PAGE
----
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- Eligible students must be North Carolina residents, enrolled in an academic program leading to a postsecondary degree or credential, and working towards their first postsecondary degree or credential.
- The Summer Accelerator grant provides up to $5,000 for students taking community college, UNC System, or private university classes. Students can use the money for tuition, fees, books, housing, and other expenses.
Students struggling to afford classes this summer might find relief through a new $27 million “Summer Accelerator” grant program, announced by Gov. Roy Cooper in April.
The program provides up to $5,000 for students taking community college, UNC System, or private university classes. Students can use the money for tuition, fees, books, housing, and other expenses.
“Many of the jobs of today and tomorrow require a degree or credential beyond high school,” Cooper said in an April 22 release. “This funding will help students who lost ground during the pandemic to get back on track toward their degree.”
The Summer Accelerator program is part of a $34 million investment in new federal funding. In addition to the postsecondary tuition assistance, the governor directed funds toward K-12 mental health needs. The financial offices at each campus will distribute the awards, which are available this summer and the summer of 2023.
Eligible students for the Summer Accelerator grant must be:
- North Carolina residents for tuition purposes.
- Enrolled in an academic program leading to a postsecondary degree or credential.
- Working towards their first postsecondary degree or credential.
Community colleges typically offer two terms of summer courses. Awarded funds are based on the number of summer courses a student is taking.
To apply for the Summer Accelerator grant, students should contact the financial aid office at their school. Click through the spreadsheet below for contact information at your community college.
Governor’s initiative to provide affordable higher education
The N.C. Community College System (NCCCS) received about $5.3 million in Summer Accelerator grant funding; the UNC System received $16.3 million.
“For community college students who are balancing a job, family and college, the Summer Accelerator grants provide a lifeline to shorten their time to earn a degree and enter the job market,” said NCCCS President Thomas Stith. “These grants are critical, particularly at this time when our Great 58 community colleges around the state are helping fuel North Carolina’s job engine and growing economy.”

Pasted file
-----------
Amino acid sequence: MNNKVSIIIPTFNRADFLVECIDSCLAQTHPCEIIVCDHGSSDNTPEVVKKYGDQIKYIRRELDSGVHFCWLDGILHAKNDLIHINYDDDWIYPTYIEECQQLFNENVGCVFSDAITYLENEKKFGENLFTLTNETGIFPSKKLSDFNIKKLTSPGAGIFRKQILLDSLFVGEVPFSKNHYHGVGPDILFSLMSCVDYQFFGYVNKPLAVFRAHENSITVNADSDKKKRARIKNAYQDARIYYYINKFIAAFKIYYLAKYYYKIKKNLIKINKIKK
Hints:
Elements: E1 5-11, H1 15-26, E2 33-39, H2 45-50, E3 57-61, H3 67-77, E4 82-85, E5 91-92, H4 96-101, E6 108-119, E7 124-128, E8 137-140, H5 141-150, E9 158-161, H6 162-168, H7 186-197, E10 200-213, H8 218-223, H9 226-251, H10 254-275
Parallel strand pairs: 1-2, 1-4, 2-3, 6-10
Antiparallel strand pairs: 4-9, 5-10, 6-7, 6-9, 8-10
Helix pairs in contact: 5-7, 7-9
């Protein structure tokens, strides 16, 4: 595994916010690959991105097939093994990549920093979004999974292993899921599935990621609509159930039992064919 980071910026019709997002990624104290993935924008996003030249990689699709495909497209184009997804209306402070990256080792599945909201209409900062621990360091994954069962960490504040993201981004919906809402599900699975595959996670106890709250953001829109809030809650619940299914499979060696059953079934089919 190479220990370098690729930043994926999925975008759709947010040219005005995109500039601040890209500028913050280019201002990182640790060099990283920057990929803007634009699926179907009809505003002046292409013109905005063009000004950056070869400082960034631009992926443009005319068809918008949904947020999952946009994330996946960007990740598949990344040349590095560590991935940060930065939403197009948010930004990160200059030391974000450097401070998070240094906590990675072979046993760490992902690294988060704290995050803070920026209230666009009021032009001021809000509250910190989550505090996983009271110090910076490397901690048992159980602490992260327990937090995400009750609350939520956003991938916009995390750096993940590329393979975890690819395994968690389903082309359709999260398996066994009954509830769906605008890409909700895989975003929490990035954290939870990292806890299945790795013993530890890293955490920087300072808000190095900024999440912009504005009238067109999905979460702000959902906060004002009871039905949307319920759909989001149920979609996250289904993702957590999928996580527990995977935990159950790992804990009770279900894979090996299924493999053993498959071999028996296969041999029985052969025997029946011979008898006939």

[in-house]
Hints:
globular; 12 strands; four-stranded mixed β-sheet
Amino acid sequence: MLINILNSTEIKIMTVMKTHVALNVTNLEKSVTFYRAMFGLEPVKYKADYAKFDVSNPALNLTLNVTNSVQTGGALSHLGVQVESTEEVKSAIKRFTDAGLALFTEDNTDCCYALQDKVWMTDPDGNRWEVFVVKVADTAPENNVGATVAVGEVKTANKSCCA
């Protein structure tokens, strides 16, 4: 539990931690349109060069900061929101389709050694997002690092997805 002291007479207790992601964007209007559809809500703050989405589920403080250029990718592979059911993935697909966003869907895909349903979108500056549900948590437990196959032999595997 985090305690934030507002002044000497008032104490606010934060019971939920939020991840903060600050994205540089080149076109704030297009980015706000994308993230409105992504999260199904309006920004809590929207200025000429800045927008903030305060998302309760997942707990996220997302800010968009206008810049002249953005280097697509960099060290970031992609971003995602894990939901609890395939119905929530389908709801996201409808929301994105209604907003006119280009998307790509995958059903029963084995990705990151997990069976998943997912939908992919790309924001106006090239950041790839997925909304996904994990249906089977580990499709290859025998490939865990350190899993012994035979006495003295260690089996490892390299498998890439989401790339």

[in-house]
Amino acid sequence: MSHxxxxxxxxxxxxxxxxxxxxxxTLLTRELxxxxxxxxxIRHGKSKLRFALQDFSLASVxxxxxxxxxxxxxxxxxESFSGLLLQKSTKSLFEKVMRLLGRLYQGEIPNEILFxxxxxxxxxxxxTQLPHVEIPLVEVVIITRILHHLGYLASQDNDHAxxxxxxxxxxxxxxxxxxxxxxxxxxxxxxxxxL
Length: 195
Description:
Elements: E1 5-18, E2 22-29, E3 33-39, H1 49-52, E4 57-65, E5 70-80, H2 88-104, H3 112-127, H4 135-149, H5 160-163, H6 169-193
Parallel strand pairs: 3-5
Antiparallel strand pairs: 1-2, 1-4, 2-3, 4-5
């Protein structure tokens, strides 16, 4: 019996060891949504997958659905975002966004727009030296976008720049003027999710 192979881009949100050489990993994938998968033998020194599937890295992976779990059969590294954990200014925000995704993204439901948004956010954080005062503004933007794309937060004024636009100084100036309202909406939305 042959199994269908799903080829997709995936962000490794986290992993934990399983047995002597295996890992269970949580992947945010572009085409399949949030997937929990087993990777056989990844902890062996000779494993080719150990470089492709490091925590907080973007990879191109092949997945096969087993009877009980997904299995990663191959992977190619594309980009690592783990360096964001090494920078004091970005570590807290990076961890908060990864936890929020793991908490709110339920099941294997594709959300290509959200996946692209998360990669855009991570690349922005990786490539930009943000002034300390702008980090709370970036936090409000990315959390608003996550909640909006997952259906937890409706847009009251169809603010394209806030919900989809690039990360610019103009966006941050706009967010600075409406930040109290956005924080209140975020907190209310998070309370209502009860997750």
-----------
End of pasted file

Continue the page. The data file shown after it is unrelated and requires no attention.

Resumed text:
In May 2021, Cooper proposed “a more robust version of the Summer Accelerator,” according to the April release. That $350 million proposal toward the N.C. Guarantee Scholarship guaranteed students from families making $60,000 per year or less at least $6,000 annually toward any UNC institution or community college.
Cooper initially wanted the legislature to allot $60 million toward the summer school grants.
“It is now the Governor’s latest initiative to ensure higher education remains affordable and to develop a skilled workforce,” the April release said.
All the funding for these initiatives is from federal Emergency Assistance for Non-Public Schools funds. Those funds have now reverted to the Governor’s Emergency Education Relief (GEER) fund.
Cooper also launched the $31.5 million Longleaf Commitment in May 2021. That grant supplements the federal Pell grant and ensures recent North Carolina high school graduates from low- and middle-income families receive anywhere from $700 to $2,800 per year to go toward tuition and fees at the state’s 58 community colleges. The grant was also funded using GEER funds. In November, the grant was expanded in the state budget to also include 2022 high school graduates.
Nearly $8.7 million in Longleaf funds have gone to more than 13,600 students — with 63% of them from families with incomes less than $70,000 per year.
The $34 million investment announced in April also included $1.7 million to the N.C. Business Committee for Education (NCBCE) to expand the Tech Team initiative and $726,000 to the North Carolina Education Corps for high-impact literacy tutoring.